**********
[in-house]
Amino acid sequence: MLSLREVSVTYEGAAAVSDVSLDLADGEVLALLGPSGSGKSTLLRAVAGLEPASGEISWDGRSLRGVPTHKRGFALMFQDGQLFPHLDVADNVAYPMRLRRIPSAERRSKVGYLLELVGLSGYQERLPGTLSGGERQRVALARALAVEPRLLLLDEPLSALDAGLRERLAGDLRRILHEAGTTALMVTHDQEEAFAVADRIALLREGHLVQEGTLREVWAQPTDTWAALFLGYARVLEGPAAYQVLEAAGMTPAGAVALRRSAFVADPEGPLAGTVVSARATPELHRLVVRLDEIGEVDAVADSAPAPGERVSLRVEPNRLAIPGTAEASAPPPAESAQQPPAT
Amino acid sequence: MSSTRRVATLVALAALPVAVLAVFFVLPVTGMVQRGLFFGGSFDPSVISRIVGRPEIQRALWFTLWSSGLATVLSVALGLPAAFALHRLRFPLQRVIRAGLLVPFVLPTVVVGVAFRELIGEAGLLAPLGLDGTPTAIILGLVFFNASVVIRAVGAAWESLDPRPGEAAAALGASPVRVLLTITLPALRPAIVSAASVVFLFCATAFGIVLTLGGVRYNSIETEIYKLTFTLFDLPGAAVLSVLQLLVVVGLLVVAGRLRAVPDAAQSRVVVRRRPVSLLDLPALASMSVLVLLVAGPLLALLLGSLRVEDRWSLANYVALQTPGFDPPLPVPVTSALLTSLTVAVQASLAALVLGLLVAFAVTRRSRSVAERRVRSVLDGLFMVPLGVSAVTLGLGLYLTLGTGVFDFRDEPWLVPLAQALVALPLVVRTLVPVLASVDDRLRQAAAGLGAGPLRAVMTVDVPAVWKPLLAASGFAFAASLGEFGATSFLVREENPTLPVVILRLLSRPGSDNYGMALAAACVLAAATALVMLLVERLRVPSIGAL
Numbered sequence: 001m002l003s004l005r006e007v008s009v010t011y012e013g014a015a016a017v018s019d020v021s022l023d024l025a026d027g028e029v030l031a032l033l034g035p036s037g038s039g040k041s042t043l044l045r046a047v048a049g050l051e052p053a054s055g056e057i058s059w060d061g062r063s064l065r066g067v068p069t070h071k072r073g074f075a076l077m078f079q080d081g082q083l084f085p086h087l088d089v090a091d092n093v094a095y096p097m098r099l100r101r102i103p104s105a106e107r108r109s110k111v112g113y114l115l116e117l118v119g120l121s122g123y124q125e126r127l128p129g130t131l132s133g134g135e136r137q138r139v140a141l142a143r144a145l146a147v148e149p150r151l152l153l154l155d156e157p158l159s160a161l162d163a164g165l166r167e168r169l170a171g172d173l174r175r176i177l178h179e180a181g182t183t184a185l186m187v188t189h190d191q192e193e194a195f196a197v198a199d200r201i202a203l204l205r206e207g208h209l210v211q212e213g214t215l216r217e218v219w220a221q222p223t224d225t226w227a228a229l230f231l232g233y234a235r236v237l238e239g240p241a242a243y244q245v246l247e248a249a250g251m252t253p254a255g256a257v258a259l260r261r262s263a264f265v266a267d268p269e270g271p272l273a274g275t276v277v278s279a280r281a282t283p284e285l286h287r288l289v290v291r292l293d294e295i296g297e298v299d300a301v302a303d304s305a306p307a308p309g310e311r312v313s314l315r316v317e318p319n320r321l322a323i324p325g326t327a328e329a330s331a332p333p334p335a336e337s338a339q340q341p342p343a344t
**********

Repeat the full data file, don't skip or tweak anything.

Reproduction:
[in-house]
Amino acid sequence: MLSLREVSVTYEGAAAVSDVSLDLADGEVLALLGPSGSGKSTLLRAVAGLEPASGEISWDGRSLRGVPTHKRGFALMFQDGQLFPHLDVADNVAYPMRLRRIPSAERRSKVGYLLELVGLSGYQERLPGTLSGGERQRVALARALAVEPRLLLLDEPLSALDAGLRERLAGDLRRILHEAGTTALMVTHDQEEAFAVADRIALLREGHLVQEGTLREVWAQPTDTWAALFLGYARVLEGPAAYQVLEAAGMTPAGAVALRRSAFVADPEGPLAGTVVSARATPELHRLVVRLDEIGEVDAVADSAPAPGERVSLRVEPNRLAIPGTAEASAPPPAESAQQPPAT
Amino acid sequence: MSSTRRVATLVALAALPVAVLAVFFVLPVTGMVQRGLFFGGSFDPSVISRIVGRPEIQRALWFTLWSSGLATVLSVALGLPAAFALHRLRFPLQRVIRAGLLVPFVLPTVVVGVAFRELIGEAGLLAPLGLDGTPTAIILGLVFFNASVVIRAVGAAWESLDPRPGEAAAALGASPVRVLLTITLPALRPAIVSAASVVFLFCATAFGIVLTLGGVRYNSIETEIYKLTFTLFDLPGAAVLSVLQLLVVVGLLVVAGRLRAVPDAAQSRVVVRRRPVSLLDLPALASMSVLVLLVAGPLLALLLGSLRVEDRWSLANYVALQTPGFDPPLPVPVTSALLTSLTVAVQASLAALVLGLLVAFAVTRRSRSVAERRVRSVLDGLFMVPLGVSAVTLGLGLYLTLGTGVFDFRDEPWLVPLAQALVALPLVVRTLVPVLASVDDRLRQAAAGLGAGPLRAVMTVDVPAVWKPLLAASGFAFAASLGEFGATSFLVREENPTLPVVILRLLSRPGSDNYGMALAAACVLAAATALVMLLVERLRVPSIGAL
Numbered sequence: 001m002l003s004l005r006e007v008s009v010t011y012e013g014a015a016a017v018s019d020v021s022l023d024l025a026d027g028e029v030l031a032l033l034g035p036s037g038s039g040k041s042t043l044l045r046a047v048a049g050l051e052p053a054s055g056e057i058s059w060d061g062r063s064l065r066g067v068p069t070h071k072r073g074f075a076l077m078f079q080d081g082q083l084f085p086h087l088d089v090a091d092n093v094a095y096p097m098r099l100r101r102i103p104s105a106e107r108r109s110k111v112g113y114l115l116e117l118v119g120l121s122g123y124q125e126r127l128p129g130t131l132s133g134g135e136r137q138r139v140a141l142a143r144a145l146a147v148e149p150r151l152l153l154l155d156e157p158l159s160a161l162d163a164g165l166r167e168r169l170a171g172d173l174r175r176i177l178h179e180a181g182t183t184a185l186m187v188t189h190d191q192e193e194a195f196a197v198a199d200r201i202a203l204l205r206e207g208h209l210v211q212e213g214t215l216r217e218v219w220a221q222p223t224d225t226w227a228a229l230f231l232g233y234a235r236v237l238e239g240p241a242a243y244q245v246l247e248a249a250g251m252t253p254a255g256a257v258a259l260r261r262s263a264f265v266a267d268p269e270g271p272l273a274g275t276v277v278s279a280r281a282t283p284e285l286h287r288l289v290v291r292l293d294e295i296g297e298v299d300a301v302a303d304s305a306p307a308p309g310e311r312v313s314l315r316v317e318p319n320r321l322a323i324p325g326t327a328e329a330s331a332p333p334p335a336e337s338a339q340q341p342p343a344t